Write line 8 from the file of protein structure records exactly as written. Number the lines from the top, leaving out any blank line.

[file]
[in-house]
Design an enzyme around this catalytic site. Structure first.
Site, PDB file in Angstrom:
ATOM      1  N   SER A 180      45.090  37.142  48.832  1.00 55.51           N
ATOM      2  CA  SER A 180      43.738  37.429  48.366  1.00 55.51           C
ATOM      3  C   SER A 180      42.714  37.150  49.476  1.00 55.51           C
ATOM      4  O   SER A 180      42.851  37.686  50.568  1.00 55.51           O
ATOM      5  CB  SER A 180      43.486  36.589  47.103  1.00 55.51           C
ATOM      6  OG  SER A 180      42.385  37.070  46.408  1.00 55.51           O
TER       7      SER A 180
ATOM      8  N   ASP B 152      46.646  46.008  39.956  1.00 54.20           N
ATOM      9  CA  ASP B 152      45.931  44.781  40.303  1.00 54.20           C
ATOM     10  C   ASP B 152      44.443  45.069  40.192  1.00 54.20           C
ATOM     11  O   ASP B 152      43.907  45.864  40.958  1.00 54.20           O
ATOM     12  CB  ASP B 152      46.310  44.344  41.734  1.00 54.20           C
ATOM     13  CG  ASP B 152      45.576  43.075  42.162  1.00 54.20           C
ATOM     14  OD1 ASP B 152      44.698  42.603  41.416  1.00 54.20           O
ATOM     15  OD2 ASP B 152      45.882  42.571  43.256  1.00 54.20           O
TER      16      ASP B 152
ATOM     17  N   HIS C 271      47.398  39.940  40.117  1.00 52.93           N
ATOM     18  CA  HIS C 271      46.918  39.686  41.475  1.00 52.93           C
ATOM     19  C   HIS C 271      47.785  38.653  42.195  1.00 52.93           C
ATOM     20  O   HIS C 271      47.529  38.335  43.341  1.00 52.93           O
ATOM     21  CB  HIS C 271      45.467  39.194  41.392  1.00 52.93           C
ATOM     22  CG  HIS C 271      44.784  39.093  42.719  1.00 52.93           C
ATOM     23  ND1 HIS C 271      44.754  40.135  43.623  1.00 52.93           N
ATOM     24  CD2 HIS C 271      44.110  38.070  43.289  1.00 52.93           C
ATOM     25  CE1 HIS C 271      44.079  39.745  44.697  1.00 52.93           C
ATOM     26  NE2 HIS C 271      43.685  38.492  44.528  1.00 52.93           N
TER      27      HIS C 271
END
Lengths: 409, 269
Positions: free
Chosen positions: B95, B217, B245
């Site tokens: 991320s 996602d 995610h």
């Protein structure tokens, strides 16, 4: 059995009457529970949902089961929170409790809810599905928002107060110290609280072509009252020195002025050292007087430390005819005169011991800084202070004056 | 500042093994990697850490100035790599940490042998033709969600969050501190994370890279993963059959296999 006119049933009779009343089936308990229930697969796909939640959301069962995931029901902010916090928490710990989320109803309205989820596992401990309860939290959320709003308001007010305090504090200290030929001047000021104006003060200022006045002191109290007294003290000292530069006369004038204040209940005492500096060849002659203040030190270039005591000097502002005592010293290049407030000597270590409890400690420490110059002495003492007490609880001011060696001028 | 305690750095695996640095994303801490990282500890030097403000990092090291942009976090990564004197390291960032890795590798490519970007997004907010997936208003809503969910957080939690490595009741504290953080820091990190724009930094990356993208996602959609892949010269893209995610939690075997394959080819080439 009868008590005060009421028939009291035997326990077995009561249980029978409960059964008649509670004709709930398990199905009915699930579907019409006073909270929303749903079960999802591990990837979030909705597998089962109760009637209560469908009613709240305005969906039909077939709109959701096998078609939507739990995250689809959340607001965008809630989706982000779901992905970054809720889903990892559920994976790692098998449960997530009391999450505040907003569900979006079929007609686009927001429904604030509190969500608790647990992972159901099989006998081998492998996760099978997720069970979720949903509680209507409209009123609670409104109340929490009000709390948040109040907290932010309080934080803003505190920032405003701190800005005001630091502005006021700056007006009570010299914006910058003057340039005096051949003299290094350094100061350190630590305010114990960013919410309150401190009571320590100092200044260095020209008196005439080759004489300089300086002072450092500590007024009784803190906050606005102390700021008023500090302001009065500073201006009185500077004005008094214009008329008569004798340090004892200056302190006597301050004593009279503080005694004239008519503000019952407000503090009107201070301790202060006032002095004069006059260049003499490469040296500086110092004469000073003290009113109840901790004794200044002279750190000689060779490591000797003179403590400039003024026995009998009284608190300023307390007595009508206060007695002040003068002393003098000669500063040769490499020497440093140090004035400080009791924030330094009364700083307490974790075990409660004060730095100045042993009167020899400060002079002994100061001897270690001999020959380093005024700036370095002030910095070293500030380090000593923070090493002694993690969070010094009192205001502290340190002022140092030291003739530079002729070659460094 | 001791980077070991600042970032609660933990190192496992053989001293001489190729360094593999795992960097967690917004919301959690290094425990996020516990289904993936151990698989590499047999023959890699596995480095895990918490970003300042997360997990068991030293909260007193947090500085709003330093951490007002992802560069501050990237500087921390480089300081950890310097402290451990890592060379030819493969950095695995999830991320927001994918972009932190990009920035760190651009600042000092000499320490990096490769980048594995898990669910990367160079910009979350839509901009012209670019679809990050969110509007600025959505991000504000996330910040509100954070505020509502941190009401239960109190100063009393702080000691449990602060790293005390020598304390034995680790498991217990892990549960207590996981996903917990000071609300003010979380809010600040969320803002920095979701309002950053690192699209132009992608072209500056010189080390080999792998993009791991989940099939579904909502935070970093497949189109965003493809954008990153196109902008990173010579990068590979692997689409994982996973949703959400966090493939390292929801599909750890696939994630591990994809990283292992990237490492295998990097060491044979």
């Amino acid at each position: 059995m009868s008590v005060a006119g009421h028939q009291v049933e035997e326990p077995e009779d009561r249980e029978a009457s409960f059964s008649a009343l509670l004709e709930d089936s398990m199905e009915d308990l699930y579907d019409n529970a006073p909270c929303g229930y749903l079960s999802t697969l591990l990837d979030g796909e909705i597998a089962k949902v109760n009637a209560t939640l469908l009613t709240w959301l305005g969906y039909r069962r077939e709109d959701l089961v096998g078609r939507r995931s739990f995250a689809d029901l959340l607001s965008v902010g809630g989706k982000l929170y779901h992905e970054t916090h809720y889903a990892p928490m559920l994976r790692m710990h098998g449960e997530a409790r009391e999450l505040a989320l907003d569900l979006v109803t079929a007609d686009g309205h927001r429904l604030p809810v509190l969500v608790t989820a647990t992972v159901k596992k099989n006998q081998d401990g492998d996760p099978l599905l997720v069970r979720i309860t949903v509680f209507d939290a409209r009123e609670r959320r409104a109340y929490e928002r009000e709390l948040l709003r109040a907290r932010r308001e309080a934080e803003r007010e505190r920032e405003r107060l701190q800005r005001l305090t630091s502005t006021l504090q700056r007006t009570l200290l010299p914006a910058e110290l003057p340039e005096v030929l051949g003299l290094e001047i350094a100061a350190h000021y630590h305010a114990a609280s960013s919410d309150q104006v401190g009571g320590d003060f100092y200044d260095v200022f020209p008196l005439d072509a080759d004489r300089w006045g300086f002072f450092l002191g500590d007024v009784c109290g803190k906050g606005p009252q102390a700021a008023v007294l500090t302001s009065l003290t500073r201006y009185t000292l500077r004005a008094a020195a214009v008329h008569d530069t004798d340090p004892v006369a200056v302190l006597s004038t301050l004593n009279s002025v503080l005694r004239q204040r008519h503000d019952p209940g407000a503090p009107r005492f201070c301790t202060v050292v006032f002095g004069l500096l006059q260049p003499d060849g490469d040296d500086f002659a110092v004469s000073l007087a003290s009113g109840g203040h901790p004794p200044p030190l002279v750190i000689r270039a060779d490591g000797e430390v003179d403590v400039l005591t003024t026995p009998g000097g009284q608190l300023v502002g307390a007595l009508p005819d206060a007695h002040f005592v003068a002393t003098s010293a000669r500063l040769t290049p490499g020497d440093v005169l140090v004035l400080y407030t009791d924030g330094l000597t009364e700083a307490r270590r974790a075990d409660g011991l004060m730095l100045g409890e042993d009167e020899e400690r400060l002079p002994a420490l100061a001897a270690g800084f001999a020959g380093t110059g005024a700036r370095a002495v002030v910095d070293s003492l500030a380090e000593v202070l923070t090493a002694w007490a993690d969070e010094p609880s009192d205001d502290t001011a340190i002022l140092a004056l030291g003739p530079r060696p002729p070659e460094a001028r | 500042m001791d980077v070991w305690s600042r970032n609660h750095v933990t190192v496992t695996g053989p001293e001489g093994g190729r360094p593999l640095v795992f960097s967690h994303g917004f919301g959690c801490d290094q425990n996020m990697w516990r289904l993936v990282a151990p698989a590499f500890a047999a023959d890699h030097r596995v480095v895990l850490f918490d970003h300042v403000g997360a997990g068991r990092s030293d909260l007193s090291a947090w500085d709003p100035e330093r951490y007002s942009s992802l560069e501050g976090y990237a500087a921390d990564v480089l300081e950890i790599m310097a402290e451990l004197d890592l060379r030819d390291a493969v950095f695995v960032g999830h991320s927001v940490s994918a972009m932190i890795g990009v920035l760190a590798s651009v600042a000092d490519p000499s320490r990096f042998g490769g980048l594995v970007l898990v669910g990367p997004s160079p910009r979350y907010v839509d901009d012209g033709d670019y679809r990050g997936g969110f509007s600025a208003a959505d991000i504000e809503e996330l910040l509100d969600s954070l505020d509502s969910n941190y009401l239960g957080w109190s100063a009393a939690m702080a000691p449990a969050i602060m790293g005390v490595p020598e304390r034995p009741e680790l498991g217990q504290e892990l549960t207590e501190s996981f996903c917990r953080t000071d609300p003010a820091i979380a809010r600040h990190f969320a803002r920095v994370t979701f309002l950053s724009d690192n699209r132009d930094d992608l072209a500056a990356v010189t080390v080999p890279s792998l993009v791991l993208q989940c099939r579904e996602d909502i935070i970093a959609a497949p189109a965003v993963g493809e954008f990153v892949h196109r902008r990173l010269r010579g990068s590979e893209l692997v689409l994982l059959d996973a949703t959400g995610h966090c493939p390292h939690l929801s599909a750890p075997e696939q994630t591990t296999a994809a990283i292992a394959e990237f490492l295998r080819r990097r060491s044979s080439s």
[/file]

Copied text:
ATOM      5  CB  SER A 180      43.486  36.589  47.103  1.00 55.51           C